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Liesl and the Goblin King’s relationship is not set up as any typical young adult trope. Instead of instant-love, these two characters carried a flame for each other since their youth, where they laughed, danced, and played music in the Goblin Grove. And as they grow older, their infatuation for one another remained an ember slowly bursting into flames of desire. Their relationship is filled with anger, misunderstandings, tenderness, excitement, and such intense devotion. The chemistry between these two characters is breathtaking–it cracks, it sizzles, and it purrs. They are two independent beings, eager to please themselves and each other. 

In the end, I found Wintersong to be a vibrant story about caution, close family bonds, sacrifice, fiery passion, trust, and love. Although the ending is left open-ended, I would love to read a sequel. I’m being selfish here, because I want more Liesl and the Goblin King! (Sorry not sorry.) I cannot recommend this novel enough. If you enjoy the intense and complicated relationships portrayed in Victorian novels, a dash of German language, crossing the blurred lines between fantasy and reality, and the slow burn of two characters connecting in a novel, Wintersong is the perfect book before you. 

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My Rating: 5 out of 5 Stars

NOTE: Thank you to Netgalley and Thomas Dunne for providing me an e-galley/e-ARC of this book in exchange for an honest review. All statements and opinions are my own.

If It’s Not a Rant, It’s a Rave: ARC Review of Caraval by Stephanie Garber

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Title: Caraval
Author: Stephanie Garber
Publication date: January 31, 2017
Publisher: Flatiron Books
Genres: Young Adult, Fantasy, Romance
Format: ARC, gifted from friend

About the book:

Welcome to Caraval, where nothing is quite what it seems.

Scarlett has never left the tiny isle of Trisda, pining from afar for the wonder of Caraval, a once-a-year week-long performance where the audience participates in the show.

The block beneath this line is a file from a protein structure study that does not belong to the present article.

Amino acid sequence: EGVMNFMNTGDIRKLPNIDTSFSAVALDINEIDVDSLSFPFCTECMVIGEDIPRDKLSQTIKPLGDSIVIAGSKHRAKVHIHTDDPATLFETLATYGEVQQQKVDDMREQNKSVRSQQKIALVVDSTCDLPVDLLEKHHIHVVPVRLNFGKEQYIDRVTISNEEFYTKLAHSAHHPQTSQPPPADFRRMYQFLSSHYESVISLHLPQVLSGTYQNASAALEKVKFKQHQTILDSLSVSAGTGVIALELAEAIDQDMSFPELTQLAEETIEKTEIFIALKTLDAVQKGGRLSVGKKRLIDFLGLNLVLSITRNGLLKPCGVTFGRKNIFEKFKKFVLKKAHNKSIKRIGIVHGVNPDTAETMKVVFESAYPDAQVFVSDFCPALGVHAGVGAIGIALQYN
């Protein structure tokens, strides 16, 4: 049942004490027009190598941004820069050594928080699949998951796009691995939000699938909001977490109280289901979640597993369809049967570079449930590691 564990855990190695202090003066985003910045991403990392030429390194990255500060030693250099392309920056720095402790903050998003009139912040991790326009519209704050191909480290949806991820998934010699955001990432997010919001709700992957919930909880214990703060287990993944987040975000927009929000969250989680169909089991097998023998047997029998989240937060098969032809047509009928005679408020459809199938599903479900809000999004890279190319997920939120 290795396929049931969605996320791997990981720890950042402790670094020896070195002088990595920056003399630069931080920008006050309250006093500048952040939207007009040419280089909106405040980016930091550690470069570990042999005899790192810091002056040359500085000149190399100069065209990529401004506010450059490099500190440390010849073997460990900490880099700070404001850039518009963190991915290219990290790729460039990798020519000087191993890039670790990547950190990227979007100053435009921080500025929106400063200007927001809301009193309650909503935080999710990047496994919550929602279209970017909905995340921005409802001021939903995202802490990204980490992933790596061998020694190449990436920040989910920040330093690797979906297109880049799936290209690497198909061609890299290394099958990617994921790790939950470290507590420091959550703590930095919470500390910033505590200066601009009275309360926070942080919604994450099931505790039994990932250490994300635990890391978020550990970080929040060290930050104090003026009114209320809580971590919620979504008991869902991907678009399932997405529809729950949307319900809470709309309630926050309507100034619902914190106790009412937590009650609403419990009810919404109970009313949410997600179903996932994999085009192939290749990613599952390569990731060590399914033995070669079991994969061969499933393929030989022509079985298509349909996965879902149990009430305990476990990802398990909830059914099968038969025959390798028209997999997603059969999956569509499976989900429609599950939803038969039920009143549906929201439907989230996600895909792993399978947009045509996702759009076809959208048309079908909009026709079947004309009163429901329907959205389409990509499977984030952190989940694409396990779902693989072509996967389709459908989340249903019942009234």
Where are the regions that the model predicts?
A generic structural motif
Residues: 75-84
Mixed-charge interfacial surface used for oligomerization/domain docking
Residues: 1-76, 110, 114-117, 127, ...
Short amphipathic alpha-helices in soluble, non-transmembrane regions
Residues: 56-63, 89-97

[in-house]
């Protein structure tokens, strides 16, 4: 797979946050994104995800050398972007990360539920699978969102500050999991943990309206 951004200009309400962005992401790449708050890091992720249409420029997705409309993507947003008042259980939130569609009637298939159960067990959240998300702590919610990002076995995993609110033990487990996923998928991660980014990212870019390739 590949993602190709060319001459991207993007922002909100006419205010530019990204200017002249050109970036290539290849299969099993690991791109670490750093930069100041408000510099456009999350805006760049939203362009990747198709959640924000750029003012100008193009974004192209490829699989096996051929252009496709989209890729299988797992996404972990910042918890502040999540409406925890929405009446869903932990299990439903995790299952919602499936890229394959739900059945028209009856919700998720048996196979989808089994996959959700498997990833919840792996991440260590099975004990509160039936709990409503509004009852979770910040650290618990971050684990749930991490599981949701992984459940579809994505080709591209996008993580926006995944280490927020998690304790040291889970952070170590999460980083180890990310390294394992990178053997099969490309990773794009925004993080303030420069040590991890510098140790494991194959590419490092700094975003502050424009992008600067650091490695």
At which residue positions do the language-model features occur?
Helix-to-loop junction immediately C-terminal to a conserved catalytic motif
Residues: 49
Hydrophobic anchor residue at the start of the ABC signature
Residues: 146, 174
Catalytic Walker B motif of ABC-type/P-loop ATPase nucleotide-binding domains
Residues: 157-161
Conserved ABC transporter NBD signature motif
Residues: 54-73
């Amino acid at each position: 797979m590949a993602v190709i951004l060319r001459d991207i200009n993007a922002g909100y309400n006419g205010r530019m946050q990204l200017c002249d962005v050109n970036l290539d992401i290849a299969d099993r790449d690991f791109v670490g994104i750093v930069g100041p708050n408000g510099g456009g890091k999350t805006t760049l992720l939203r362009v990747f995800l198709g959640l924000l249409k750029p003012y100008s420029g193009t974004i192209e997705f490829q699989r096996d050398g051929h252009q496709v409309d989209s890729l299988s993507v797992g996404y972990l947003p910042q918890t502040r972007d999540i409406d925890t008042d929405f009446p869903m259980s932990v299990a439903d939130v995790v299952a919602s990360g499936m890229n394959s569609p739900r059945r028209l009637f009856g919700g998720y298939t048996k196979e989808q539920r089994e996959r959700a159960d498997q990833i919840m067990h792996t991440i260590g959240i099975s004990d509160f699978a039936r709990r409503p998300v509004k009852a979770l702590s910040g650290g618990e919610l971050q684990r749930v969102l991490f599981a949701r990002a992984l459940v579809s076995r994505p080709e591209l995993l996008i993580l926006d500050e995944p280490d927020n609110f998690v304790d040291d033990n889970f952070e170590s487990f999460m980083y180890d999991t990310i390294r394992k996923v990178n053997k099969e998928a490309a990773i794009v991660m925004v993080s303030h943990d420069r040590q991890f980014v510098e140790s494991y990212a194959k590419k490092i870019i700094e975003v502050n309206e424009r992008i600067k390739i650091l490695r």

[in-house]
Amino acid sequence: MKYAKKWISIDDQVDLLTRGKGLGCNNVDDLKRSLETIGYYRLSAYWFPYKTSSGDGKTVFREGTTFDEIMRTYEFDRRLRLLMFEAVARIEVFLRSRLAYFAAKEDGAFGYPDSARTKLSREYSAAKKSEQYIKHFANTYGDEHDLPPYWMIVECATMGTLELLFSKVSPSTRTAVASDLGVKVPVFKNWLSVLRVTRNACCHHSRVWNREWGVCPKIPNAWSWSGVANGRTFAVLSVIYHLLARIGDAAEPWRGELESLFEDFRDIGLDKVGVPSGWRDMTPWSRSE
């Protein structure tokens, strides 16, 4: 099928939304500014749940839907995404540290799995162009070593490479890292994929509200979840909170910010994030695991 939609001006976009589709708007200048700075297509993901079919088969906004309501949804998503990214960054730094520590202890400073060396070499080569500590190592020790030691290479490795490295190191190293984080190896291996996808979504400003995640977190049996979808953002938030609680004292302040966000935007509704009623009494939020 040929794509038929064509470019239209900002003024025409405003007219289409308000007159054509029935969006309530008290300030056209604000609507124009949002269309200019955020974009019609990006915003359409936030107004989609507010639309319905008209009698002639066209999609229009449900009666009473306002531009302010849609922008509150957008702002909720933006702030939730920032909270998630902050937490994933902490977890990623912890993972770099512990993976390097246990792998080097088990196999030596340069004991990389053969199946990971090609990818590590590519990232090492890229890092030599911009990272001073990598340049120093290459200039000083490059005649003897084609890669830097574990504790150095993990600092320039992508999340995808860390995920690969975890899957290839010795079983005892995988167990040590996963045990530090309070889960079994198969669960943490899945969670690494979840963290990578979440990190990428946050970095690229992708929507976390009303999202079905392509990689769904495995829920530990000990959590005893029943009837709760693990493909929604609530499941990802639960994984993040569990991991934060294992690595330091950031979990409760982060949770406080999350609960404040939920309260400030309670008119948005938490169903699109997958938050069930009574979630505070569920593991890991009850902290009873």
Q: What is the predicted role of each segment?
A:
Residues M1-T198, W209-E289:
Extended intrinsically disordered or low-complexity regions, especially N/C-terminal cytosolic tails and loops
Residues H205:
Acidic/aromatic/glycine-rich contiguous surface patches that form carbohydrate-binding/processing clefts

Caraval is Magic. Mystery. Adventure. And for Scarlett and her beloved sister Tella it represents freedom and an escape from their ruthless, abusive father.

When the sisters’ long-awaited invitations to Caraval finally arrive, it seems their dreams have come true. But no sooner have they arrived than Tella vanishes, kidnapped by the show’s mastermind organiser, Legend.

Scarlett has been told that everything that happens during Caraval is only an elaborate performance. But nonetheless she quickly becomes enmeshed in a dangerous game of love, magic and heartbreak. And real or not, she must find Tella before the game is over, and her sister disappears forever.

A mesmerising, magical and stunningly imaginative debut novel for anyone who loved The Night Circus and Daughter of Smoke and Bone.

LINKS: Goodreads | Amazon | B&N |  The Book Depository


Rants and Raves of Caraval

Hello, my name is Cassie, and I am a Caraval addict…I mean fanatic. I have read Caraval by Stephanie Garber twice, and I’m utterly, unbelievably in love with the characters, the story, and the world–anything and everything Caraval. I honestly feel like I was bewitched by this book; Garber uniquely captivates her reader with gritty emotions, enchanting sentences, and the most vivid images of luster and love.

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Caraval is a book that will charm you from the first page. Along with a collection of letters to and from a game-master named Legend, Scarlett and Tella’s story starts off as weary and cautious, but blooms into a world where darkness hides mischief, and magic awaits every corner. Throughout my reading experience, my mind was whirled with thoughts of endless enchantment and ominous whispers. There were so many unexpected twists and turns that I honestly did not see coming. If you are a fan of surprises and mystery, you will love this book.

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From the well-paced storyline to the dynamic characters to the setting that I’m dying to visit, Caraval is a strange, bewitching, and fantastical read. Caraval is about magic, but more importantly, this book emanates and breathes magic while you’re reading it. Garber’s storytelling transfixed me in a carnival game filled with wishes and desires, and I personally dream to be a player in Legend’s carnival game depicted in this thrilling, haunting, and overall mesmerizing world.

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I loved Caraval most of all because it’s a story with limitless possibilities. It is a story about sisters. A tale of escapism. A nose-dive adventure into forming new friendships, finding trust, and understanding love. And, it is a story about conquering dares, taking chances, and fully living. Overall, I cannot rave enough about how much I enjoyed Caraval. This book may end up being one of my favorite reads of 2017, and I very much look forward to revisiting this world in the sequel. 

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NOTE:  I received this ARC from a friend. I was not provided a copy of this book by the author or the publisher in an exchange for a review; I reviewed it at my own discretion.  All statements and opinions in this review are mine.